As Ben Buchanan told you earlier, those of us from Red Sox Beacon will now be doing our Red Sox blogging here. I'm a Massachusetts native, and have been a Sox die hard since I was capable of knowing what that entails. Of course, at that point, my father warned me that rooting for Boston was both a blessing and a curse, given that whole problem they had winning throughout most of the 20th century. Thankfully, I stuck with it, and was rewarded twice last decade.
I'll be writing very often about both the Sox themselves and future Sox that haven't left the minors yet. In short, I'm glad to be here, and I hope you enjoy reading my work as much as I expect I will enjoy writing it for you.
We all know the old "April showers brings May flowers" adage, but in David Ortiz's case, we may want to rewrite the rhyme to "April struggling brings May slugging." As was discussed about a month ago, Ortiz looked like a slap hitter at the plate, as he was going the other way with the ball to hit singles, and was drawing loads of walks while avoiding strikeouts. While that is all well and good, the thing Ortiz is supposed to do--hit home runs in the middle of the Red Sox order--was just not happening. He had just two homers through April 29, the last day we checked in on this.
Again, Ortiz wasn't struggling at the plate--his absurd walk rate and high batting average (in what has started out as somewhat of a down offensive year across the league) resulted in a .317 True Average* (TAv), compared to last year's .314 mark--but the lack of power was a question that needed answering.
*True Average is an all-encompassing offensive rate stat, created by Baseball Prospectus--if you're familiar with wOBA, it's similar. It uses the batting average scale, though, and league average is always .260; this gives it a contextual familiarity that I prefer.
It's a question that requires no more searching for answers, though, as Ortiz has popped nine dingers this month, to give him 11 on the season.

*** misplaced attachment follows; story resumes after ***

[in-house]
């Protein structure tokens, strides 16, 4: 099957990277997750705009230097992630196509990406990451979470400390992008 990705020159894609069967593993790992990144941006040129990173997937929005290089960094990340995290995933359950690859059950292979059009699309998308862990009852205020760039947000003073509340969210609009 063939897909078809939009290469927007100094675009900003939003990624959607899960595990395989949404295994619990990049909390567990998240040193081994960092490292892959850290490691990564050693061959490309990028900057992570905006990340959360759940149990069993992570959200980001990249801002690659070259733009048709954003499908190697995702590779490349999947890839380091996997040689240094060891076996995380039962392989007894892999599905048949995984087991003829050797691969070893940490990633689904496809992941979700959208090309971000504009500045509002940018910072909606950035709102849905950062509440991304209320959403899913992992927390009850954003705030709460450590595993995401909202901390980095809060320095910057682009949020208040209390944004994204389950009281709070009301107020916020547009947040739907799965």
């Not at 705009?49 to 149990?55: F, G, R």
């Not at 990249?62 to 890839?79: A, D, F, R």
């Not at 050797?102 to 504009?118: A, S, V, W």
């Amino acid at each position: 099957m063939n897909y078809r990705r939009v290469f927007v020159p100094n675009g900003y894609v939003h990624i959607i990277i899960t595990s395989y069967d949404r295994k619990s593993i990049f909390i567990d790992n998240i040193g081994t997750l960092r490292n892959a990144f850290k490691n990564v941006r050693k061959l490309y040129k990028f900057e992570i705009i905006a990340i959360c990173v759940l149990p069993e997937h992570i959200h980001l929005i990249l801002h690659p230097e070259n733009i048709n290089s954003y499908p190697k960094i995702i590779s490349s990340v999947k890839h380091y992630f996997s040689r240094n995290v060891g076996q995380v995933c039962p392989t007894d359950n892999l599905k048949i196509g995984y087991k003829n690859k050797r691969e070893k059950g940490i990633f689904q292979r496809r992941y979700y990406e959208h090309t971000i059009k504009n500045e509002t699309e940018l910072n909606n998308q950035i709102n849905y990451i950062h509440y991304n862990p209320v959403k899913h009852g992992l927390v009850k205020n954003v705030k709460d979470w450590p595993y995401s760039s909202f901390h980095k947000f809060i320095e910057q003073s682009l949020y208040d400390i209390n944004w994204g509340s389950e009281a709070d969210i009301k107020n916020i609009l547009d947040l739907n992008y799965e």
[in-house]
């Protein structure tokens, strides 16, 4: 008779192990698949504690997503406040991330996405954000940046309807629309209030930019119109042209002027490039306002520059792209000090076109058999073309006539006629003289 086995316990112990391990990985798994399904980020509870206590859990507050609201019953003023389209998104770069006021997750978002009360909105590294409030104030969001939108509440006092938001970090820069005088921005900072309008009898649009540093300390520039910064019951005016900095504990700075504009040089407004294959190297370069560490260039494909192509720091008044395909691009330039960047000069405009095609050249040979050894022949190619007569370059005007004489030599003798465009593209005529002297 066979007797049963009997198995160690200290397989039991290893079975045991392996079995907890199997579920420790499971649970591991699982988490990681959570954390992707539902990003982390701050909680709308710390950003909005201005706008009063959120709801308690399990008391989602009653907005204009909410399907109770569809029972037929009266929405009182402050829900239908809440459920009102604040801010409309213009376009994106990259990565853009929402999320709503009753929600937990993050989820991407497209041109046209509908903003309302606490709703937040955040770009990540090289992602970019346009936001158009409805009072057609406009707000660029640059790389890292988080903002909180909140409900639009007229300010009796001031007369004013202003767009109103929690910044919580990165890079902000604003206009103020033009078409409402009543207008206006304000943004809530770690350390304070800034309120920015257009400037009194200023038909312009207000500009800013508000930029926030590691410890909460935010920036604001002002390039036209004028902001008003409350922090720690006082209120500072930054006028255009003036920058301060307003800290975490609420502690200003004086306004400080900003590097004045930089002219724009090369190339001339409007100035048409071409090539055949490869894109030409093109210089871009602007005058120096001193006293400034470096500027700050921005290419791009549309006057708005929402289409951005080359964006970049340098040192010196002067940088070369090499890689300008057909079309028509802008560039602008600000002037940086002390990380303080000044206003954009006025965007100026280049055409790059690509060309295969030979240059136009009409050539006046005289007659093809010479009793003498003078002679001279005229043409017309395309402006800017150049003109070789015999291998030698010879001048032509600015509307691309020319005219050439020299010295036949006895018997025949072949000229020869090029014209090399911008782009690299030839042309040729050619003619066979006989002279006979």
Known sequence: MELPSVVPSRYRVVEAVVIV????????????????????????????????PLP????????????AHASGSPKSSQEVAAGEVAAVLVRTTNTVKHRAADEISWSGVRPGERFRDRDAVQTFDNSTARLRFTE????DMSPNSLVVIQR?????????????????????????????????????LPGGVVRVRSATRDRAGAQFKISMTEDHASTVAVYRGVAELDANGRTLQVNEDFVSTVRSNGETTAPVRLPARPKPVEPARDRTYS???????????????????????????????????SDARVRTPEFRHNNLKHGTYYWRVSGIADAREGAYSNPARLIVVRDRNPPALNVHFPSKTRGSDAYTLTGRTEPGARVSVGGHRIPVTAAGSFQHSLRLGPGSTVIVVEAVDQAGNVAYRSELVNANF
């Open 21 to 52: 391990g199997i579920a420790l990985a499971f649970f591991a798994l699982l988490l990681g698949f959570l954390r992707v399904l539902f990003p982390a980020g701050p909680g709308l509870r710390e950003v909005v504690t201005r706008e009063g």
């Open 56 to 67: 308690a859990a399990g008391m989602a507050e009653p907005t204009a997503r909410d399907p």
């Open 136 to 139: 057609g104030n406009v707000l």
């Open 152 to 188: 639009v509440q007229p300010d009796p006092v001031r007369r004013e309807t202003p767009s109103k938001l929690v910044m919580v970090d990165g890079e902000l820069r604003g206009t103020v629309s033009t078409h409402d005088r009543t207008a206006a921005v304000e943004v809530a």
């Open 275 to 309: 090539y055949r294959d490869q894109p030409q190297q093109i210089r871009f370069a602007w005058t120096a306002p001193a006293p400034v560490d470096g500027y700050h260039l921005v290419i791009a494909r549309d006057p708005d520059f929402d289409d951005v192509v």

Ortiz is now up to .306/.378/.549, a line with basically the same power as his 2010 showing (.259 ISO to .243 this year), and with plenty of season left to catch up in that regard. In fact, in less than a month's time, he bumped his slugging percentage up by .126 points, bringing his season's TAv to .328, once again ahead of last year's pace.
Most impressive is that Ortiz's power came without any serious sacrifices in his peripheral numbers. His strikeout rate sits at 10.1 percent, right around where it was when we last looked at his numbers. That is less than half of his career punch out rate, meaning Ortiz is making some serious contact. His walk rate has fallen dramatically since April--it's down to 10.6 percent--but there is nothing wrong with that figure, especially when it is paired with Ortiz's power output. You would also expect a drop if he was going to start attacking more pitches he could drive with authority--it's hard to argue with the results.
Alex Speier pointed out that Ortiz may be taking cues from Adrian Gonzalez, who has always had power the other way and an ability to adapt to the park he is in (a trait you have to learn if you want to succeed at Petco, as Gonzalez has), and that the effects of this are paying huge dividends. Somewhere*, the Twins are weeping.
*Last place in the Central
Ortiz leads the Sox in True Average (and is fourth in the American League), right in front of Kevin Youkilis and the aforementioned Gonzalez. Despite his advancing age and an April that had us worried his swing was slowing a bit--going the other way often and seeing a spike in your walk rate are both signs that a hitter's bat can't move quick enough to pull the ball with authority--he remains an integral part of Boston's lineup. If this continues, the Sox will have some difficult decisions to make over the winter, but, by the same token, if this continues, 2011 is going to be a year with plenty of power out of Boston.